(a) Distances between hot-spots (highlighted with red, orange, and yellow) in NT-3. (b) General structures of triazole-based β-turn mimics with long linkers, and lengths of warhead region and linker. (c) Strategy to build bivalent mimics with different orientation sequences in triazole core.
Another new line of investigation for this study was to use side-chains on the peptidomimetics that correspond exactly to the i+1 and i+2 residues in the neurotrophins turn regions . Thus, in the present work, seven dipeptide sequences corresponding to i+1 and i+2 residues in the neurotrophins were targeted; IK, EK, and GK from NGF, MS and SK from BDNF, and IR and TG from NT-3 (Table S1 in Information S1, highlighted with red). Sequences that contain asparagine, e.g. NN or NK from NGF and NT-3 were not chosen because of synthetic difficulty.
A third variable tested in this study was the orientation of the side-chains in the mimics. Monovalent mimics with the long linkers were prepared in two different orientations, e.g. “forward” and “opposite” sequences. The forward sequence follows the orientation of natural ligands, N- to C-terminal (R1R2 and R3R4 = i+1-i+2, e.g. TG), but the opposite sequence has the orientation of C- to N-terminal (R1R2 and R3R4 = i+2-i+1, e.g. GT). Therefore, bivalent mimics by combination of the monovalent mimics were prepared in three different library sets; library 1 (forward only): R1R2 and R3R4 = i+1-i+2 and i+1-i+2, e.g. TG-TG, library 2 (opposite only): R1R2 and R3R4 = i+2-i+1 and i+2-i+1, e.g. GT-GT, and library 3 (forward-opposite): R1R2 and R3R4 = i+1-i+2 and i+2-i+1, e.g. TG-GT as Figure 2c.
A library of 120 bivalent compounds with either a triethylene glycol (TEG) based label or biotin label was prepared from 14 monovalent compounds and morpholine using a procedure similar to a previously reported one , . The morpholine was used as a control for triazole-based mimics, and a linker part.
The modified reaction schemes for monovalent and bivalent peptidomimetics are described in Supplemental (Tables S2 and S3 in Information S1). The purification and characterization procedures and data (HPLC and 1H-NMR and 13C-NMR) for monovalent mimics are in Supplemental (Section C in Information S1). The morpholine linker was used as a control for triazole-based mimics.
Selective inhibition of TrkC and TrkA mediated cell survival
A total of 134 monomeric and the corresponding bivalent peptidomimetics including control compounds were tested in cell survival assays. Cells undergo apoptotic death when cultured in serum-free medium (SFM). Growth-factor protection from death in SFM is dose-dependent and time-dependent. Optimal concentrations of growth factor (4 nM) afford maximal protection standardized to 100%. Suboptimal concentrations of growth factor (0.2 nM) protect at ∼30–40% of maximal.
The peptidomimetics were tested for their effect on NGF or NT-3-mediated survival. From the 134 compounds, 1a, 1b, 2c, 2d, 2e, 3f (Figure 3) significantly reduce the survival of NIH-TrkC cells responding to the cognate growth factor NT-3 at both optimal and suboptimal doses (Figure 4) (p<0.05). In counter-assays testing NIH-TrkA cells responding to the cognate growth factor NGF, compounds 2c, 2d, 2e, 3f have no effect (hence they are selective for TrkC). However, compounds 1a, 1b significantly reduce the survival of NIH-TrkA cells induced by NGF at both optimal and suboptimal doses (Figure 4) (p<0.05).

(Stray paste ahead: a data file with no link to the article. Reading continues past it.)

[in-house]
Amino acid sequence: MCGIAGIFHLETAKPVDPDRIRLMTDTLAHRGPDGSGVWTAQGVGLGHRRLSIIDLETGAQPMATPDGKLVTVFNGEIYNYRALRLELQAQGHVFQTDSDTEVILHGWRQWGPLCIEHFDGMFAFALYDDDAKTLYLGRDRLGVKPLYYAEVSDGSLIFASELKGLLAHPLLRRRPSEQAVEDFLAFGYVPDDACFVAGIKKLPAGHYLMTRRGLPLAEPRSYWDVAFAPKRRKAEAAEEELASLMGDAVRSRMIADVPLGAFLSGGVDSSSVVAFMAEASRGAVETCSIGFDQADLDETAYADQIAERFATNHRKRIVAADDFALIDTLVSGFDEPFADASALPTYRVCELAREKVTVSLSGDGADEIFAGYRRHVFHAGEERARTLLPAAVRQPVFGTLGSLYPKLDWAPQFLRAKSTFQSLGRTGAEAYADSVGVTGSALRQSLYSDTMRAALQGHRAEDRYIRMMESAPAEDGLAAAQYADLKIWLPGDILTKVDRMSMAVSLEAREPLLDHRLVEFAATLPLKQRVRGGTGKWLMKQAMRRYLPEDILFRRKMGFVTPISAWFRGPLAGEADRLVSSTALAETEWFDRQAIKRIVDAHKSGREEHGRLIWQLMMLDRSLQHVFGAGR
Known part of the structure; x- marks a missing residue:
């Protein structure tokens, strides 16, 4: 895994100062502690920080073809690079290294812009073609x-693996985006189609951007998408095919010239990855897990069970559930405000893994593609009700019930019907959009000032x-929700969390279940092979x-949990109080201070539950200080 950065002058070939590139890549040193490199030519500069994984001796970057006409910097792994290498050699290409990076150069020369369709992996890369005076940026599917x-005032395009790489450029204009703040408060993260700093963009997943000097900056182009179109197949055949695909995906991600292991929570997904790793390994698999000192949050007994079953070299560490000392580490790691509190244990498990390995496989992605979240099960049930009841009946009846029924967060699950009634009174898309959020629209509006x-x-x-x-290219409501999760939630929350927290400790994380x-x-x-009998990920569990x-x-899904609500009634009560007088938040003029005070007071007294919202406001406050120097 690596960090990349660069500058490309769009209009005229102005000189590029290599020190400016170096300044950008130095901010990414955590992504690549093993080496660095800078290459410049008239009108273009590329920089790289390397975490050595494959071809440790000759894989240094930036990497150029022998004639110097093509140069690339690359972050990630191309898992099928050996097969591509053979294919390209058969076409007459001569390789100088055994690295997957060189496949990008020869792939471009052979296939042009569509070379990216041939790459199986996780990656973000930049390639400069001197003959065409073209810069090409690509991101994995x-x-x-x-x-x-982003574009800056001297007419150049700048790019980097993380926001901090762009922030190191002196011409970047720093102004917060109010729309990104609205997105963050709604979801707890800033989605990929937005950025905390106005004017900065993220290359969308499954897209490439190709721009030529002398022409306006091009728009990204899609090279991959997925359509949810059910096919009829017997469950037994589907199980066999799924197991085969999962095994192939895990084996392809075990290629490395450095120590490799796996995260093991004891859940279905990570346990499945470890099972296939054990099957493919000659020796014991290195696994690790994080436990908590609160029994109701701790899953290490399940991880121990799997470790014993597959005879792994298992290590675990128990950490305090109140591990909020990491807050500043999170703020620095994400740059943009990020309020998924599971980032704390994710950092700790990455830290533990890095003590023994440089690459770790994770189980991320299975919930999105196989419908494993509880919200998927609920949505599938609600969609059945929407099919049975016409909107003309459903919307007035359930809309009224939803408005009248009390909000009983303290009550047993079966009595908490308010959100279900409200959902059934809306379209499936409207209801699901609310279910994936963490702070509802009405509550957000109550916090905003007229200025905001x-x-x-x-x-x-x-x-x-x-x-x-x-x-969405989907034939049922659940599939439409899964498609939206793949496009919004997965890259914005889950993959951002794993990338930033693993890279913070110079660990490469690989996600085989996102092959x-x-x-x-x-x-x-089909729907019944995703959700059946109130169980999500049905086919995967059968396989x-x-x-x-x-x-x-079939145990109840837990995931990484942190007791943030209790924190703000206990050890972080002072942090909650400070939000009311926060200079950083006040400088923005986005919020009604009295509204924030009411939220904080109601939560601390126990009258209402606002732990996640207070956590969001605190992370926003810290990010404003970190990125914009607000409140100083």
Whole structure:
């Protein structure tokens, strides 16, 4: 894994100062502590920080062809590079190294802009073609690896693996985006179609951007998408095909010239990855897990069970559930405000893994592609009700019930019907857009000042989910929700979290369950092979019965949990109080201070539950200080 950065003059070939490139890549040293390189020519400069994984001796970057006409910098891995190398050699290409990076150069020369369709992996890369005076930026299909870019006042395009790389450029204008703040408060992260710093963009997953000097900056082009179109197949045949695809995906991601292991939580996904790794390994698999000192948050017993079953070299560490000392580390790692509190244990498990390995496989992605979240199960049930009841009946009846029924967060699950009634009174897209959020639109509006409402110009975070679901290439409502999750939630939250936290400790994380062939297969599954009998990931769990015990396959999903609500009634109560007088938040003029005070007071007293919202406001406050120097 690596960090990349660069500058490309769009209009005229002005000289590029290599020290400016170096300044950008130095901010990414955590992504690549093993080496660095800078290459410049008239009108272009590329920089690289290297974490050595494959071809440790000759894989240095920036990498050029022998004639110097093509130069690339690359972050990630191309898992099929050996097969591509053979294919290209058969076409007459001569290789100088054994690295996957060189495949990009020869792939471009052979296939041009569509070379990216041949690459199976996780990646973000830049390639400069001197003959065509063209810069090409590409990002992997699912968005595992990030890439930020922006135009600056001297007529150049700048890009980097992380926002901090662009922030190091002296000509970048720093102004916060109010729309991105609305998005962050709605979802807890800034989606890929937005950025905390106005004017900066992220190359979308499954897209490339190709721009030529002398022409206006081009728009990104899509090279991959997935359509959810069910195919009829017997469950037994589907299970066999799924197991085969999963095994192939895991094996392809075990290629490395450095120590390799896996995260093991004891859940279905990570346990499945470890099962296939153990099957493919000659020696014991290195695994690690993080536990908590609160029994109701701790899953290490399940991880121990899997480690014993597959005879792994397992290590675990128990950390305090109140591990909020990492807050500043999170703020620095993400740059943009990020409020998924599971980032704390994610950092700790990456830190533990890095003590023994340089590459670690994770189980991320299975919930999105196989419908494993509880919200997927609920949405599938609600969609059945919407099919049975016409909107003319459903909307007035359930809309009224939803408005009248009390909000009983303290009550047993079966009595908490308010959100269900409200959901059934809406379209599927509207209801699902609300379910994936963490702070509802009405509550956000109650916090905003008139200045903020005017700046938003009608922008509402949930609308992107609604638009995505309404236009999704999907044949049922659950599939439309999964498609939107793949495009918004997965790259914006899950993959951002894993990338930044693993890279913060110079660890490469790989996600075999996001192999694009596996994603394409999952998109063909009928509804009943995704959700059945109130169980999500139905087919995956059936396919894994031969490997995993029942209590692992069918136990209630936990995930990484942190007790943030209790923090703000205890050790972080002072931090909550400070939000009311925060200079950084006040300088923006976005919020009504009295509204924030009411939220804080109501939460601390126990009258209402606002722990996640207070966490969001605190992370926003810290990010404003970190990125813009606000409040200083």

NIH-3T3 cells expressing either TrkA or TrkC or IGF-1R were cultured in SFM supplemented with the indicated peptidomimetic (10 µM) with optimal (a) or suboptimal (b) concentrations of the appropriate growth factor for 72 h. Survival was measured in MTT assays, and was calculated relative to optimal growth factor-mediated survival (100%). Results shown are average + SEM, from at least three independent experiments. One-way ANOVA, p<0.05 considered significant. All “hits” shown were significant for inhibition of TrkC, only 1a and 1b “hits” were significant for inhibition of TrkA.
In controls, none of these compounds had an effect on the survival of NIH-IGF-1R cells responding to a different growth factor, IGF-1 (Figure 4a). Lack of effects on the growth of NIH-IGF-1R cells responding to IGF-1 indicate a selective reduced metabolic activity of NIH-TrkC cells responding to NT-3 or NIH-TrkA cells responding to NGF. This is likely due to reduced TrkC or TrkA signaling.
The selectivity of the inhibition of ligand-dependent survival suggests lack of generalized toxicity. In addition, lack of general toxicity was further determined because when the three cells lines are grown in normal serum there is no effect on growth (data not shown) and when the three cells lines are grown in serum-free medium without supplemented growth factors there is not accelerated death above that seen in serum-free medium (data not shown).
Co-expression of p75 does not influence the antagonism of peptidomimetics
MTT survival data in nnr5-TrkC cells (expressing TrkC and p75) and rat neuroblastoma 4-3.6 cells (expressing TrkA and p75) are similar to the data in fibroblast cells NIH-TrkC, and NIH-TrkA, indicating that p75 co-expression does not interfere in the antagonism of survival by these peptidomimetics (Figure 5).
Neuronal nnr5-TrkC cells expressing (TrkC and p75) and 4-3.6 cells (TrkA and p75) were cultured in SFM supplemented with the indicated peptidomimetics (10 µM) with or optimal concentration of the appropriate growth factor for 72 h. Survival was measured in MTT assays, and was calculated relative to optimal growth factor-mediated survival (100%). Results shown are average + SEM, from at least three independent experiments. One-way ANOVA, p<0.05 considered significant. All “hits” shown were significant for TrkC, only 1a and 1b “hits” were significant for inhibition of TrkA.
Selective inhibition of TrkC and TrkA-mediated signal transduction
To confirm the antagonistic activity of these compounds we analyzed signal transduction in biochemical assays. The tyrosine phosphorylation of the Trk receptors (p-Trk), the phosphorylation of Akt (p-Akt), and the phosphorylation of MAPK (p-MAPK) were studied by western blots of cell lysates prepared after stimulation of cells with the appropriate growth factor ± compounds for 20 min. The 20 min time point was chosen because NT-3 and NGF are known to induce sustained activity of these signal pathways, but without causing downregulation or internalization of the Trk receptors that could affect the overall signals .